If one lender rejects your application, don’t panic. The market in sub prime unsecured lending is growing all the time.
Credit cards for smaller amounts
While people with very poor credit records are unlikely to be offered any 0% introductory offers by credit card companies, those with fair or impaired ratings might fare better. While the major banks generally only cater for people with excellent records, other financial institutions offer 0% introductory periods for people with fair credit records (those with scores of between 400 and 600). Even if you can’t find a 0% offer, other cards have lower introductory rates and so long as you’re not looking to borrow a very large amount, credit cards can be an affordable way to borrow the money you need.
Are you a homeowner?
If you own your own home, you will find that a lot more lenders are prepared to consider your application for a loan. A secured loan gives a lender the security it is looking for when considering people with impaired credit records. It means that, in extreme circumstances, it will be able to recover the original loan sum plus interest by forcing a borrower in default to sell their house.
Secured loans also allow people with poor credit records to borrow larger sums of money – typically more than £15,000 – than if they had applied for an unsecured loan. The interest rates on secured loans are usually lower, too, meaning that an applicant may find these a more affordable way of borrowing money than other forms of lending.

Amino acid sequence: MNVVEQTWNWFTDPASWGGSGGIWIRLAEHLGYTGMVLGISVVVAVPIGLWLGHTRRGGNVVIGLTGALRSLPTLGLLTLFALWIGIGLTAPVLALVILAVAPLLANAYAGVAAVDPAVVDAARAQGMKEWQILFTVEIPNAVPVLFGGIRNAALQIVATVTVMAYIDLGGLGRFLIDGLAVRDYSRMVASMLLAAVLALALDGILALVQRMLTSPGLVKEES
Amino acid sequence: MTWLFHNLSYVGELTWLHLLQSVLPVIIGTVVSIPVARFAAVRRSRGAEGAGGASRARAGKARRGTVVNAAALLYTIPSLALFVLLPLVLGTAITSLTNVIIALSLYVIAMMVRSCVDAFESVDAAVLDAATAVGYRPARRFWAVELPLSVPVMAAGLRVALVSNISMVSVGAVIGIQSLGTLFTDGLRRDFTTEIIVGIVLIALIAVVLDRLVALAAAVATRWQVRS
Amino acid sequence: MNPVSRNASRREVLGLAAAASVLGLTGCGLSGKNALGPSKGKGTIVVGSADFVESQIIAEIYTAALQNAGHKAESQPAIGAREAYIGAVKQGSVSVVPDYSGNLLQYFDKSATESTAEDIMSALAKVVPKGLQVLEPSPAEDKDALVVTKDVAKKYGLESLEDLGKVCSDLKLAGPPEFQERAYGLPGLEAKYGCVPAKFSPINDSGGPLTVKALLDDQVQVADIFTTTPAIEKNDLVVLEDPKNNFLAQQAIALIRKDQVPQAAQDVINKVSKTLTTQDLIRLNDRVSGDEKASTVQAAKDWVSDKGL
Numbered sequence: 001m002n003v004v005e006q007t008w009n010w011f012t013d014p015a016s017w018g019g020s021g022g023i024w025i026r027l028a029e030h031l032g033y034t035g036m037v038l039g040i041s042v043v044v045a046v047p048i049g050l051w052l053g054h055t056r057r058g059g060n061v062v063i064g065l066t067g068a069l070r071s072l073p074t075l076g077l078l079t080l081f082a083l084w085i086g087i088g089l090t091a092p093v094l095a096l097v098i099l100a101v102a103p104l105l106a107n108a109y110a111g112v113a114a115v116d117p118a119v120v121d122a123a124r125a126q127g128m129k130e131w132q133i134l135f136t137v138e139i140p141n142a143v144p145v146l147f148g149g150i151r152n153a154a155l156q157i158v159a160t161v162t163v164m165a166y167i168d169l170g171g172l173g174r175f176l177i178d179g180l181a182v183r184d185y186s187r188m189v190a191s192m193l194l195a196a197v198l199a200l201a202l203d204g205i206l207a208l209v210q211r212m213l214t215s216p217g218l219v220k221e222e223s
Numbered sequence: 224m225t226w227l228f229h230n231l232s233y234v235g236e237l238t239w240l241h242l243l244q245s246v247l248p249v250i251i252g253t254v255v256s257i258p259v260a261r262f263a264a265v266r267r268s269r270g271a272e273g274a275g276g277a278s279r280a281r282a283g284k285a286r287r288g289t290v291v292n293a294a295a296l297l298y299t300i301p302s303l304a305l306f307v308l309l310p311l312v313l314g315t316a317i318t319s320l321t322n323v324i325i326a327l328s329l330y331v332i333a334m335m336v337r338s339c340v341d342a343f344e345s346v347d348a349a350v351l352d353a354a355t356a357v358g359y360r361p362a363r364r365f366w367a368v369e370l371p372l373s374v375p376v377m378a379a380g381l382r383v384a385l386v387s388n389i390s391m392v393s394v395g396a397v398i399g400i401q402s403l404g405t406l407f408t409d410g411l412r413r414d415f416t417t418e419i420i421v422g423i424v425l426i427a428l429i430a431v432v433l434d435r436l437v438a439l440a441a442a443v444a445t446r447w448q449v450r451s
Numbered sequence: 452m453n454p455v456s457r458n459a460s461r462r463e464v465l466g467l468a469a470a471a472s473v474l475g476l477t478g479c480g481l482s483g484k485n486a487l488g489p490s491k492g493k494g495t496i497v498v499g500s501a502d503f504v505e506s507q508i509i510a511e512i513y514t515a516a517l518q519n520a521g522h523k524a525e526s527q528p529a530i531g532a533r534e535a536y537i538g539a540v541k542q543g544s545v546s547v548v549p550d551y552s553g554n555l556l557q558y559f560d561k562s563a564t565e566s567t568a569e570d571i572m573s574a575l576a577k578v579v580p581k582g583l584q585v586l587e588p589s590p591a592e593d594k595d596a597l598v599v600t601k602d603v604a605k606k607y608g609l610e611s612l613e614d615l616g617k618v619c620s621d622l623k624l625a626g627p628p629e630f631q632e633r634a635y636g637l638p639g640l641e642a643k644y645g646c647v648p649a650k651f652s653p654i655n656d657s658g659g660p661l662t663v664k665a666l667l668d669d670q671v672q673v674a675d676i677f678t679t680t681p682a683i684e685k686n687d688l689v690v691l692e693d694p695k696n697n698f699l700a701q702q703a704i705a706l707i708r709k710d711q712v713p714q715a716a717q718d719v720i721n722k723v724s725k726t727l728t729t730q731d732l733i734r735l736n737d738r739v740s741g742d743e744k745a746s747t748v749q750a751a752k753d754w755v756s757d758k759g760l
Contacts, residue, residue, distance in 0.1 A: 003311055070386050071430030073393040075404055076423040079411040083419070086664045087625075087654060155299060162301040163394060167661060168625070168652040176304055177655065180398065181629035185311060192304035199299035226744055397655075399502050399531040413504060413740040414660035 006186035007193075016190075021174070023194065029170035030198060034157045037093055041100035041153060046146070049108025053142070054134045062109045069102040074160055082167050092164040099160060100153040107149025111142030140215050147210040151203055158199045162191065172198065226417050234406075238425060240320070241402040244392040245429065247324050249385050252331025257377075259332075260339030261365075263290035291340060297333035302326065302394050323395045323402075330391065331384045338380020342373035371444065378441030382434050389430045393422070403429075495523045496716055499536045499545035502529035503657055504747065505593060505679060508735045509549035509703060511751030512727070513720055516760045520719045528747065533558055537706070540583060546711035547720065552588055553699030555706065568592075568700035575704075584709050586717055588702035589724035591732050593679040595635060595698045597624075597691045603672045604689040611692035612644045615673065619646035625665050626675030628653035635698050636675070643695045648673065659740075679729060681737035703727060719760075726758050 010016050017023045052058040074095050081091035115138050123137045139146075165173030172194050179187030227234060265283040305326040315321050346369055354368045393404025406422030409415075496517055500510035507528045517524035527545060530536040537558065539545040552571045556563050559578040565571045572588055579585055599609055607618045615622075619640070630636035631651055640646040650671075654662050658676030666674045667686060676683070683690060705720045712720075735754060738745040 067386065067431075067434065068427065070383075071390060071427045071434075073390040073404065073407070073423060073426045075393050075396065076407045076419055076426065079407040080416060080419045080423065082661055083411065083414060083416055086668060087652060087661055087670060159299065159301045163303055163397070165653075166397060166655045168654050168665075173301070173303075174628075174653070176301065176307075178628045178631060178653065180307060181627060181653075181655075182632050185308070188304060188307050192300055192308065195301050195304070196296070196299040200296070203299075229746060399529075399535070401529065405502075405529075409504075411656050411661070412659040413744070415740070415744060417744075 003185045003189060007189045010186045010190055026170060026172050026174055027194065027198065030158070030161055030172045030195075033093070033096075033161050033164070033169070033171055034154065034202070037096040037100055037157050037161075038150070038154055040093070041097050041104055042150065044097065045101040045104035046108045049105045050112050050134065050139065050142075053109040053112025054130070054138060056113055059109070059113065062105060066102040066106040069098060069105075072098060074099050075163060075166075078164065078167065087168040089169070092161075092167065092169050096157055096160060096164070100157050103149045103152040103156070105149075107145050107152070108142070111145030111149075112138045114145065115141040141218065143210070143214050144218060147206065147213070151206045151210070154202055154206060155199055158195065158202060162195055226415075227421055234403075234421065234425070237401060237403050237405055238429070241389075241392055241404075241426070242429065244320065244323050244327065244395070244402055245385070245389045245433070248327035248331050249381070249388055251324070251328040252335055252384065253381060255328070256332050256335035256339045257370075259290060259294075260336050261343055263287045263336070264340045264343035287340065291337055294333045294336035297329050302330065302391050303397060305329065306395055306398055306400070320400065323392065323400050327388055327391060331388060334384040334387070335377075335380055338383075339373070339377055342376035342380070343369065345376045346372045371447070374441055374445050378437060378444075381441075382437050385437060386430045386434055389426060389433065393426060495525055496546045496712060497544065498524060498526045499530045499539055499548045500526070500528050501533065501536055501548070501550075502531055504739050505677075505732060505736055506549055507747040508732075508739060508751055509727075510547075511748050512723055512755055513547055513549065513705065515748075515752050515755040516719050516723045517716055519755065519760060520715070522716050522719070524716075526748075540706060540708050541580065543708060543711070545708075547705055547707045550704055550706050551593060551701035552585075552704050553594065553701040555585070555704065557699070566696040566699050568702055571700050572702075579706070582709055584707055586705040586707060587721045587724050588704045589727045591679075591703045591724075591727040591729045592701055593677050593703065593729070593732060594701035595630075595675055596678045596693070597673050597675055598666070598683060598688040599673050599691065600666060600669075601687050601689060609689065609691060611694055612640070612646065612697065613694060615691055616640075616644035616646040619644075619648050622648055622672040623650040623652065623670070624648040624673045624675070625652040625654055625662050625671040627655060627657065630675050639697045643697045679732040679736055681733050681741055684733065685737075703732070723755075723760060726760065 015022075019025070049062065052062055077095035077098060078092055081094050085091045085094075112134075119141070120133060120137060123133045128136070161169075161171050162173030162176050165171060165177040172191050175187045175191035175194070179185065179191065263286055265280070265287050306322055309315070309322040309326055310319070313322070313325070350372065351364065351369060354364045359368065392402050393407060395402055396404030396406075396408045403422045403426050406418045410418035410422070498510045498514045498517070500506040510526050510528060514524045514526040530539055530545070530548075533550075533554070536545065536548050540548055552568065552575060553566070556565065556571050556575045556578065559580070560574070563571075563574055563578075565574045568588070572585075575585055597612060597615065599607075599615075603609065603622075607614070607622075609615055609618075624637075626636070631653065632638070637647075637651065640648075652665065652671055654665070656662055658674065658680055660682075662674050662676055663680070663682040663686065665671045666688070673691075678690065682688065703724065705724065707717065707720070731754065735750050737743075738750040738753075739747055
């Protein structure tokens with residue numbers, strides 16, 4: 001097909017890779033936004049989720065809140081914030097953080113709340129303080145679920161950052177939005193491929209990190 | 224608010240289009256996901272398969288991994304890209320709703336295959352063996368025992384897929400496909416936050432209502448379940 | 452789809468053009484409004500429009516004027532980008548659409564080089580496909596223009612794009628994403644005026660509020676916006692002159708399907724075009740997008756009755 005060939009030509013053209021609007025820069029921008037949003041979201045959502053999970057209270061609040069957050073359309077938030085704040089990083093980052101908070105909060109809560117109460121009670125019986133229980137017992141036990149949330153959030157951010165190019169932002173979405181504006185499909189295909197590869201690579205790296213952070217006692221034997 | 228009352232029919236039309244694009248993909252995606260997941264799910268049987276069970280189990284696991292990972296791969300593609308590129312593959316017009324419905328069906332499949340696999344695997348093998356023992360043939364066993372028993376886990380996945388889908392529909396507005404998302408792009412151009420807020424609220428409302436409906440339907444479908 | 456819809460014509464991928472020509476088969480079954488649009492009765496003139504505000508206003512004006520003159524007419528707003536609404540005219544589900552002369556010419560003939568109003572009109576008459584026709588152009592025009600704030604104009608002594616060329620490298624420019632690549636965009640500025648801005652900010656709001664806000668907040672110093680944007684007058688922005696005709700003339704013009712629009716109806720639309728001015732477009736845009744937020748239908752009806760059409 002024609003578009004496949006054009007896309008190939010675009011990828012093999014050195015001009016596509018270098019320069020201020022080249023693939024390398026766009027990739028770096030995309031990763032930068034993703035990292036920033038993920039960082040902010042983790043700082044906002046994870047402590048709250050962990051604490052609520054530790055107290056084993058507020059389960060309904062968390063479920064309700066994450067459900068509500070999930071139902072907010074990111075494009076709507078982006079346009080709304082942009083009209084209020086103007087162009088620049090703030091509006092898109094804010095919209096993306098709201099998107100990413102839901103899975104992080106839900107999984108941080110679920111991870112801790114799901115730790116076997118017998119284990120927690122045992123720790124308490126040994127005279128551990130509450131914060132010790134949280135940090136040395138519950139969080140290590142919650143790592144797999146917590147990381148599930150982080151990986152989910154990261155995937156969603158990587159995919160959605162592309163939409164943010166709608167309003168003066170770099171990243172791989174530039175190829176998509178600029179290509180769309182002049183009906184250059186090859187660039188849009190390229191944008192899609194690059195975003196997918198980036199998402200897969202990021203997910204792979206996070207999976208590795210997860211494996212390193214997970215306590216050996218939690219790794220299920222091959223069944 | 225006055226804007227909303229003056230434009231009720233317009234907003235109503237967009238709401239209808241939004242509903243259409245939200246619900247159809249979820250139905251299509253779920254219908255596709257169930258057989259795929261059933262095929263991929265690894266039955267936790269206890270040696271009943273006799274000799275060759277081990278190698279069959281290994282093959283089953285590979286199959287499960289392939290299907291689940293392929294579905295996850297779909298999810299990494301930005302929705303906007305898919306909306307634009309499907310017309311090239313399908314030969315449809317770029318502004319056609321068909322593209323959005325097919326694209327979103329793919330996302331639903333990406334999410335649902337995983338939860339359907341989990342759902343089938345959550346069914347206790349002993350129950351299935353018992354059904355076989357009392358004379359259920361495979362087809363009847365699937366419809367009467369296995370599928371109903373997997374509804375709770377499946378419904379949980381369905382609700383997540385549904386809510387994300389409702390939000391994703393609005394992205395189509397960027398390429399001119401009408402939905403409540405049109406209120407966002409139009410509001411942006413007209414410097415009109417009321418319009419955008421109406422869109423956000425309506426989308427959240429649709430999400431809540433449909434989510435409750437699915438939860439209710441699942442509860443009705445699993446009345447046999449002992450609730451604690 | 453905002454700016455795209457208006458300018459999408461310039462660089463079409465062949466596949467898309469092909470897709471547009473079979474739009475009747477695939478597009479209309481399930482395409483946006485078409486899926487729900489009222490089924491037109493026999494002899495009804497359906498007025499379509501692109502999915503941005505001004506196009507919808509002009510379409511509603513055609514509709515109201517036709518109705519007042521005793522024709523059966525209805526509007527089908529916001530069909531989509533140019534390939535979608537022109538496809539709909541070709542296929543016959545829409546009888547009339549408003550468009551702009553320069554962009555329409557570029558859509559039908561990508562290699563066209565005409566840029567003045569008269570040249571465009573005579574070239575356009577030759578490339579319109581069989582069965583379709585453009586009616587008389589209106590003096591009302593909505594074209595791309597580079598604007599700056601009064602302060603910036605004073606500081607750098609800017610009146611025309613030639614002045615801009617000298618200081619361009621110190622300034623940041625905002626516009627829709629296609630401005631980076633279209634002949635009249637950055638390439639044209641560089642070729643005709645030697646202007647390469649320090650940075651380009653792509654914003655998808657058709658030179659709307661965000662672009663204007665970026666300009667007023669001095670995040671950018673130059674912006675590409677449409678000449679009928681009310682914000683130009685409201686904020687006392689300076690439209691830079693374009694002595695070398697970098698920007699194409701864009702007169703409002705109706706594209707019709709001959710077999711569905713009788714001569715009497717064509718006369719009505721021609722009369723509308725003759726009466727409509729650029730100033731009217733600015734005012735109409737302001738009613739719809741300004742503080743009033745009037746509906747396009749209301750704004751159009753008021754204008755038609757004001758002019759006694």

Remember, though, that you are putting your home at risk. It’s especially important that the loan repayments are affordable throughout the term of the agreement. You should also be clear about the total interest that you will eventually end up paying.
What about a payday loan?
These have had a very bad press in recent years mainly because of the practice of rolling over a loan month to month and the resulting addition of interest to the original amount. But payday loans are now tightly regulated by the Financial Conduct Authority (FCA) with limits on the number of rollovers allowed and caps on interest rates. Payday loans are a reasonable choice if you have a bad credit record, only want to borrow a few hundred pounds and are confident that you will be able to repay the total amount plus interest on the date agreed.
Are there any other routes?
Credit unions are an alternative for people with bad credit ratings who have been rejected by other lenders. These organisations serve the local communities they are based in and offer both loans and savings accounts. The downside, however, is that many credit unions insist that you save a certain amount with them before being eligible for borrowing.
Article provided by Mike James, an independent content writer in the finance industry – working alongside finance-broker Solution Loans, who were consulted over the information in this post.